CPUC orders third-party review of PG&E’s ‘smart meters’
October 15, 2009
• Takes action after Central Valley customers complain about spikes in their bills
• ‘Complaints from consumers are not taken lightly’
The California Public Utilities Commission (CPUC) today has ordered Pacific Gas and Electric Company to obtain an independent third-party technical expert to test and validate meter and billing accuracy of its “smart meters” currently being installed in Bakersfield.
CPUC President Michael R. Peevey said that consumers, as well as state Senators Dean Florez, D-Shafter, and Roy Ashburn, R-Bakersfield, have expressed concern over high energy bills that have occurred at the same time PG&E installed smart meters in Bakersfield.
“In order to examine the facts surrounding the issues, PG&E will work with an independent third-party chosen by us to review both the hardware and software of the smart meters,” says Mr. Peevey. “In addition, PG&E must submit weekly reports to the CPUC on customer complaints about smart meters, and must report to the CPUC the location of future smart meter installations and the consumer education and outreach it is conducting in those areas.”
Mr. Florez says he's not entirely happy.
“The PUC has relented on some key points, including conducting independent testing and responding more quickly to customer complaints, which will benefit consumers in the long-run. But they seem intent on continuing to place smart meters in the homes of millions of Californians before we get any real answers on the reliability of this new technology,” says Mr. Florez.
“At least the PUC gave us the courtesy of a response. Now I see what PG&E’s customers have been experiencing.”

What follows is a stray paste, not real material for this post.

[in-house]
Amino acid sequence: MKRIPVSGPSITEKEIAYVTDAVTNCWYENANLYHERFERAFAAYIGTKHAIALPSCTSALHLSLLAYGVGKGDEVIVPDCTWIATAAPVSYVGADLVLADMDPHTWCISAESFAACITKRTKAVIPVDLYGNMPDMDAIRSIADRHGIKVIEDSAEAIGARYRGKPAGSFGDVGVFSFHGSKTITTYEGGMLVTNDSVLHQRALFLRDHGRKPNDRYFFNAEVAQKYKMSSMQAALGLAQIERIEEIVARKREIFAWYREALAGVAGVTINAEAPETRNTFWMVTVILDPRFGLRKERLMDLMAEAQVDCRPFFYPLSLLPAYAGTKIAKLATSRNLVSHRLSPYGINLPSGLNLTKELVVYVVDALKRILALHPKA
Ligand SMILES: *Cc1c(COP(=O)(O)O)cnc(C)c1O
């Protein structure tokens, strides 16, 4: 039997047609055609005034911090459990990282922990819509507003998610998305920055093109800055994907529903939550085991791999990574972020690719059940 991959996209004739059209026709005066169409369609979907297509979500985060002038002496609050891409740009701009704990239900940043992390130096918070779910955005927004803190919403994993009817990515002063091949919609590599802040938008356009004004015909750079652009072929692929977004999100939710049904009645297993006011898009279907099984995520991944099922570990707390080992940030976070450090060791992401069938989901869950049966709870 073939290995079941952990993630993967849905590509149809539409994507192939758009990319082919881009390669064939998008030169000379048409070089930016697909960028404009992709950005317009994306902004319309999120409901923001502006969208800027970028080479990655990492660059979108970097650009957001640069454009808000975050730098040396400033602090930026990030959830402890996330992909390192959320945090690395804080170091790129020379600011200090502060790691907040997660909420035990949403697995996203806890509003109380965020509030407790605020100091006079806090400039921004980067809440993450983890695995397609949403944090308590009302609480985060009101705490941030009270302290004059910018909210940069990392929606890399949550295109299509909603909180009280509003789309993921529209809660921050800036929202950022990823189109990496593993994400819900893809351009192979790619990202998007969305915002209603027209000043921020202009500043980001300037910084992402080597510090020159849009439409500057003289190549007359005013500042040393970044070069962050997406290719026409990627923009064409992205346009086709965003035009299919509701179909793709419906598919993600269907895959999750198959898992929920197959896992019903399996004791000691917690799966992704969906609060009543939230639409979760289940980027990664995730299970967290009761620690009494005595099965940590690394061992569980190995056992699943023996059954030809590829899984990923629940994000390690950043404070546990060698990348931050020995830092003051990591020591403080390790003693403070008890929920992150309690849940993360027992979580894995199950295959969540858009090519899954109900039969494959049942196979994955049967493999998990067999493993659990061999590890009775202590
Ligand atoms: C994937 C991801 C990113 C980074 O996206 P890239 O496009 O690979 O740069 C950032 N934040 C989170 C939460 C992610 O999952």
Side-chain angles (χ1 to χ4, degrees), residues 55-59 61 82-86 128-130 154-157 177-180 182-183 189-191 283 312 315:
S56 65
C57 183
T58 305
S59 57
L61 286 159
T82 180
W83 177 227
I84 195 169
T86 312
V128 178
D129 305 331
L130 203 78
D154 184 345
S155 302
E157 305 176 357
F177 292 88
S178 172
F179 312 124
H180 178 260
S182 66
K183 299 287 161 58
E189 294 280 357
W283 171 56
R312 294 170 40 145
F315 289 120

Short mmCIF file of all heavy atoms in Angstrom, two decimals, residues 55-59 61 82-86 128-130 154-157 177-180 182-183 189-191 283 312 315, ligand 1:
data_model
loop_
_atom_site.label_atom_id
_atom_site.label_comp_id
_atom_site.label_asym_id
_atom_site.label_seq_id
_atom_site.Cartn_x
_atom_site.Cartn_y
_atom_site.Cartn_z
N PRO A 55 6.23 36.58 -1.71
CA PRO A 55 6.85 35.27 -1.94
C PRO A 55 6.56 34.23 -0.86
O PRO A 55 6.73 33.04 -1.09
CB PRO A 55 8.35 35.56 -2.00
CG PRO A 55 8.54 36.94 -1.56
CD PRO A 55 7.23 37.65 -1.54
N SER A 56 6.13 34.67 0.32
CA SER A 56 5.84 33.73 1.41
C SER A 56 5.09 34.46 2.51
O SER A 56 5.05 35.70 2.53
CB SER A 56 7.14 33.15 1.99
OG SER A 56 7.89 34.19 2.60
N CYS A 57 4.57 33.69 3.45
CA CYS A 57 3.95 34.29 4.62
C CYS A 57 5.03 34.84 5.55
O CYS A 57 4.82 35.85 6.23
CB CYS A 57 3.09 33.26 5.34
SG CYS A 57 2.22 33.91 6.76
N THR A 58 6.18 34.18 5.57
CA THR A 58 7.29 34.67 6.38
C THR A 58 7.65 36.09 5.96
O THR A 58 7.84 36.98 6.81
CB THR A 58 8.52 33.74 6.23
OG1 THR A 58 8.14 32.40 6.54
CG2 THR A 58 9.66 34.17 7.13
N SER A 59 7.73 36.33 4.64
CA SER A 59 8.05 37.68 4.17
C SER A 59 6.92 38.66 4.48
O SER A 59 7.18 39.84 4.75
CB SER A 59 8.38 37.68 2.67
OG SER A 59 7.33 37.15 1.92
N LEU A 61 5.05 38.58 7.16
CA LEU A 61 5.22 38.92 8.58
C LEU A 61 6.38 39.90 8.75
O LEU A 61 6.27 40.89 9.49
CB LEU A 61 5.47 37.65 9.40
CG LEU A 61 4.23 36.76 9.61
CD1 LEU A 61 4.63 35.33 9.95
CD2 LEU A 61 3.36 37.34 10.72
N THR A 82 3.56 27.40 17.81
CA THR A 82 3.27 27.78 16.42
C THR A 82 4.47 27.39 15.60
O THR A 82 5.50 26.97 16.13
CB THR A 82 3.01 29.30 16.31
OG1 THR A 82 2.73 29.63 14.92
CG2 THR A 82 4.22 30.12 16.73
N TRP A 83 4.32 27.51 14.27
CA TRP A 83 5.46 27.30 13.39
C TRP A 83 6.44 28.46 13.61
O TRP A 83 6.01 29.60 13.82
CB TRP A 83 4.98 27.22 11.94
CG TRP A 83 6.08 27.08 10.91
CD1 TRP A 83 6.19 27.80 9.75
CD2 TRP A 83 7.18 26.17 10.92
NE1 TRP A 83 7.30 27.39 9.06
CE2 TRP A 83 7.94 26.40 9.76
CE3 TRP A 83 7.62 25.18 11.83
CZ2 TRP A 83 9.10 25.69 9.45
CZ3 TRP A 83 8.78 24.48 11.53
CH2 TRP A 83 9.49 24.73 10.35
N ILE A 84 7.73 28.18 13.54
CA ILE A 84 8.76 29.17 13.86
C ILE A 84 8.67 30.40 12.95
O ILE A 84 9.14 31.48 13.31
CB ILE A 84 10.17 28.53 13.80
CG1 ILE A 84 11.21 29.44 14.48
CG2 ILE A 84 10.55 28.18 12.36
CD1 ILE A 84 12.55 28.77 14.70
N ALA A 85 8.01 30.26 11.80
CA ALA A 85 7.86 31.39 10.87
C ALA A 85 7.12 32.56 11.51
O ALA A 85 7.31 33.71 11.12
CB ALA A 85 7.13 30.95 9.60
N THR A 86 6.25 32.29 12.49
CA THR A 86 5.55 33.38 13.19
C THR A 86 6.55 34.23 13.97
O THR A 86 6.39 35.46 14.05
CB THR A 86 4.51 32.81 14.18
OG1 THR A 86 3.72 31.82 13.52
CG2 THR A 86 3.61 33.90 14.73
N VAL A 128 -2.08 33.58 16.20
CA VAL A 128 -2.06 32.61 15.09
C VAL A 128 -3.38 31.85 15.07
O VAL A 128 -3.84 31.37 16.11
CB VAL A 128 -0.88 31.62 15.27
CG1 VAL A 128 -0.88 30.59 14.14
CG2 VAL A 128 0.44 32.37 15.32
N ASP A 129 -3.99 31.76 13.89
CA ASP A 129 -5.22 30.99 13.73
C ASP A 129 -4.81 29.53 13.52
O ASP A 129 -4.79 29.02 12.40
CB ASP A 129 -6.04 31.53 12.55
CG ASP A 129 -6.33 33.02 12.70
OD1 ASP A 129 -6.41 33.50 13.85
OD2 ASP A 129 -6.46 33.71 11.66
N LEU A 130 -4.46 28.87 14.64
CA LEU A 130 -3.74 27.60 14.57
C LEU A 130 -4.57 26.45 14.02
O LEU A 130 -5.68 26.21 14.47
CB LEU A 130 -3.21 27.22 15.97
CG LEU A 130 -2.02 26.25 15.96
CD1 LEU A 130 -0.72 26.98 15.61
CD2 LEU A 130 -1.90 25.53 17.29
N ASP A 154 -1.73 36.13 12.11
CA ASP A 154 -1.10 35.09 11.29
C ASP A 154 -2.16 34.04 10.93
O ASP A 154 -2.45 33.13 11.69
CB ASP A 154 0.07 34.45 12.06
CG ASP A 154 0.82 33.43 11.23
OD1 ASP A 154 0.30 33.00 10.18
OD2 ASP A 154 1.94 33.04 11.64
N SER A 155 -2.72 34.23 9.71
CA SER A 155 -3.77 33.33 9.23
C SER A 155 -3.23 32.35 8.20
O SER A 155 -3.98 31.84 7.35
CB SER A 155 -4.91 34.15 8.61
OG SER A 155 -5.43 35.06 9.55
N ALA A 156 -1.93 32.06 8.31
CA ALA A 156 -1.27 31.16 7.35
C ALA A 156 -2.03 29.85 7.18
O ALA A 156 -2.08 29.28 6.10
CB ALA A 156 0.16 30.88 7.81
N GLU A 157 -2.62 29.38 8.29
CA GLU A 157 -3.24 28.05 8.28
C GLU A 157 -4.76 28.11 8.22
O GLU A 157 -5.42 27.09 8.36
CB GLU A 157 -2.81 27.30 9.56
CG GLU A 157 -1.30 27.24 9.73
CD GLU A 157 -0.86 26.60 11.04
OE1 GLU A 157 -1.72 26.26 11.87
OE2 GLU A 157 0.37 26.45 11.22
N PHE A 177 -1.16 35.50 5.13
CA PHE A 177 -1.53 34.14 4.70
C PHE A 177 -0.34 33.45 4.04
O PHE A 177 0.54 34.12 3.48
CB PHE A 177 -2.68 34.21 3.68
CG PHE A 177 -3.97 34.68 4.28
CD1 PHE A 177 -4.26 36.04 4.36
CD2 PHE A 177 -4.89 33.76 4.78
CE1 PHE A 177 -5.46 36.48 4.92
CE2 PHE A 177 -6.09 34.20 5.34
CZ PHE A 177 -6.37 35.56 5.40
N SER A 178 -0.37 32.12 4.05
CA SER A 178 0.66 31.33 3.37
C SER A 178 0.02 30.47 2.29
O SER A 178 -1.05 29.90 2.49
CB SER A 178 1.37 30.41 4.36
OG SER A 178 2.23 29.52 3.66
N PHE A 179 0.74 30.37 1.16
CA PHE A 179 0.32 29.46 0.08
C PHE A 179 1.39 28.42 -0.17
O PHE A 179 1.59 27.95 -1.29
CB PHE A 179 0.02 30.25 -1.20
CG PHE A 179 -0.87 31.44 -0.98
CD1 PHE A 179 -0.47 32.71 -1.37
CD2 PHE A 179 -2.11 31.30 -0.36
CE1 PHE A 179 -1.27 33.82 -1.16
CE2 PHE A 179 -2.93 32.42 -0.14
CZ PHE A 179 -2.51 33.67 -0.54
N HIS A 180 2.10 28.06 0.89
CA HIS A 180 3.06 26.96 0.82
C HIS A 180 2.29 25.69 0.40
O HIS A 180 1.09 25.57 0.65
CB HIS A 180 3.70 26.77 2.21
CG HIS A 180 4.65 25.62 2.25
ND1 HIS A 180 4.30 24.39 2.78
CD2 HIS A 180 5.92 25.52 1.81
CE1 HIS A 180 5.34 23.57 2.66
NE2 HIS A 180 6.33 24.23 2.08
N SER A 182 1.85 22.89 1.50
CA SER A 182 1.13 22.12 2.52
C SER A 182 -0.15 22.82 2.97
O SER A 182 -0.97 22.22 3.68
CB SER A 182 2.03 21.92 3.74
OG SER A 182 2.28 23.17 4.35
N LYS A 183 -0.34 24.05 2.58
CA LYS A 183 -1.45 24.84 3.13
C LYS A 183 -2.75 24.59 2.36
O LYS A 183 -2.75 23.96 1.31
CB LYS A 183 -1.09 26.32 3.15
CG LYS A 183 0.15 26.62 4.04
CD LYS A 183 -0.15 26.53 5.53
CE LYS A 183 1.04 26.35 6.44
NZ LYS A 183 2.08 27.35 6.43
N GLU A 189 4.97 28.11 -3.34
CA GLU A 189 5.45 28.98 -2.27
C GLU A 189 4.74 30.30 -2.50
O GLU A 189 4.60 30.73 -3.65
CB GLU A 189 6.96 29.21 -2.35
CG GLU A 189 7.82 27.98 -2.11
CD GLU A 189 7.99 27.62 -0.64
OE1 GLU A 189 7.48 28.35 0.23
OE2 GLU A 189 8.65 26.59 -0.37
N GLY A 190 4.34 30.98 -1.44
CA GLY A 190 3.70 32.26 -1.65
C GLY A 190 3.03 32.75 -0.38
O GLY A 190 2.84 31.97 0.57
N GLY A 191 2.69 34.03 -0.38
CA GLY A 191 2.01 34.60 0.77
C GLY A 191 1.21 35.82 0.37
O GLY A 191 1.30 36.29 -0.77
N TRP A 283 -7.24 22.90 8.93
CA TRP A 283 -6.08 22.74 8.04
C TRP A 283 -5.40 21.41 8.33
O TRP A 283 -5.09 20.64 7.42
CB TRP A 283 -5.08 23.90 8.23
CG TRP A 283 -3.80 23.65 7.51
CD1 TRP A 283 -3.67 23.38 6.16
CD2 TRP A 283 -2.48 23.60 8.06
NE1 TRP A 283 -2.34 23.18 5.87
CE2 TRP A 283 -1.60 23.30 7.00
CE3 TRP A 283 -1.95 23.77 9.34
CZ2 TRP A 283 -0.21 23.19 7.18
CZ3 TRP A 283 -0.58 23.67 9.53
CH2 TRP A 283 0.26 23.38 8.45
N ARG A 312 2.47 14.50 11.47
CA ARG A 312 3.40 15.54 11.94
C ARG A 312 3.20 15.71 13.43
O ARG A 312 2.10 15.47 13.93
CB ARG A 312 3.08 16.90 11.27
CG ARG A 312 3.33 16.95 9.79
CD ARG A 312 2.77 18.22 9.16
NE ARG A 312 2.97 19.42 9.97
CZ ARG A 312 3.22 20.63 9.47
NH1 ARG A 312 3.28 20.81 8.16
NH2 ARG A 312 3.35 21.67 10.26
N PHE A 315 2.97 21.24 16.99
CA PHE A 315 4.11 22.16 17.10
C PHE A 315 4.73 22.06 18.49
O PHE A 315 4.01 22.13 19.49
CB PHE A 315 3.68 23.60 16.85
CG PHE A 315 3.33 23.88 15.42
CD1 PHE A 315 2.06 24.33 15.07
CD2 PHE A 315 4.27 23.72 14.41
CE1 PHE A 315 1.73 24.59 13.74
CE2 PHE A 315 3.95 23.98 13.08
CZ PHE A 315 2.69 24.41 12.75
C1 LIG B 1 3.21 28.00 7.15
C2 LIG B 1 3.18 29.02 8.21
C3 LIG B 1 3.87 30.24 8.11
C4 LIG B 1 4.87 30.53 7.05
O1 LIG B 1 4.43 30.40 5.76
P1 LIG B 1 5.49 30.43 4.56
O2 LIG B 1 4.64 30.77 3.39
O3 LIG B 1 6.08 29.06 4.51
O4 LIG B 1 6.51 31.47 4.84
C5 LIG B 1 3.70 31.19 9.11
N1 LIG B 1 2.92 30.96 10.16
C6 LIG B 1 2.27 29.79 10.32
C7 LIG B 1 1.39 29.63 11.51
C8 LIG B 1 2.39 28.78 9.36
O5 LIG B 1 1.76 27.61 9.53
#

The CPUC approved PG&E’s smart meter plan in July 2006 and authorized the company to install the meters throughout its territory and upgrade all of its approximately 5 million electric meters and 4 million gas meters over a 5-year period.
The CPUC says it has allowed the state’s utilities to replace conventional customer electric meters with smart meters because they represent an integral part of the state’s “demand response” efforts. Demand response programs allow consumers and businesses to reduce the use of their electricity during times of high energy demand.
Smart meters are also supposed to allow PG&E customers to access their energy usage on a real-time basis, rather than receiving such information at the end of a billing cycle. The improved system also incorporates a remote connect/disconnect device on all meters, eliminating the need for PG&E to visit the location every time a customer moves in or out of their home.
“Complaints from consumers are not taken lightly and the CPUC is working diligently to determine if there is a problem with meters in Bakersfield,” says Mr. Peevey. “The CPUC will take all necessary and appropriate actions if a problem is found.”
The CPUC says it will also establish an internal task force on smart meter deployment in order to keep abreast of developments in the PG&E service territory and statewide.